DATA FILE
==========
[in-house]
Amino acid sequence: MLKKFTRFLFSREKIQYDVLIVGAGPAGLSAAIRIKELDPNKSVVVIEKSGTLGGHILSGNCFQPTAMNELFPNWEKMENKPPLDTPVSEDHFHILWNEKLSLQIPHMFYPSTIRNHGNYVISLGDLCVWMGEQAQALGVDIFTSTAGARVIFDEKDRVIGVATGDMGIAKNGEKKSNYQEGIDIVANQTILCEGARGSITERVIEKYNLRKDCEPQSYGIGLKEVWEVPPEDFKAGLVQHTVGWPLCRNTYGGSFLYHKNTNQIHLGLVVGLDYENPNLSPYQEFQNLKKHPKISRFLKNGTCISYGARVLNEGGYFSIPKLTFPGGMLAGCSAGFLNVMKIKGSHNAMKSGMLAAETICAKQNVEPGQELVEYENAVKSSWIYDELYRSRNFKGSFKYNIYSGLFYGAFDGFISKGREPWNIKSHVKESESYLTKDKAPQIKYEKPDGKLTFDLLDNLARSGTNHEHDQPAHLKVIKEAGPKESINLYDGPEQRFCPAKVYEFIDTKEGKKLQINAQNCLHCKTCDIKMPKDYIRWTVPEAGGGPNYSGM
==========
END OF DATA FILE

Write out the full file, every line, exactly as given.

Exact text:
[in-house]
Amino acid sequence: MLKKFTRFLFSREKIQYDVLIVGAGPAGLSAAIRIKELDPNKSVVVIEKSGTLGGHILSGNCFQPTAMNELFPNWEKMENKPPLDTPVSEDHFHILWNEKLSLQIPHMFYPSTIRNHGNYVISLGDLCVWMGEQAQALGVDIFTSTAGARVIFDEKDRVIGVATGDMGIAKNGEKKSNYQEGIDIVANQTILCEGARGSITERVIEKYNLRKDCEPQSYGIGLKEVWEVPPEDFKAGLVQHTVGWPLCRNTYGGSFLYHKNTNQIHLGLVVGLDYENPNLSPYQEFQNLKKHPKISRFLKNGTCISYGARVLNEGGYFSIPKLTFPGGMLAGCSAGFLNVMKIKGSHNAMKSGMLAAETICAKQNVEPGQELVEYENAVKSSWIYDELYRSRNFKGSFKYNIYSGLFYGAFDGFISKGREPWNIKSHVKESESYLTKDKAPQIKYEKPDGKLTFDLLDNLARSGTNHEHDQPAHLKVIKEAGPKESINLYDGPEQRFCPAKVYEFIDTKEGKKLQINAQNCLHCKTCDIKMPKDYIRWTVPEAGGGPNYSGM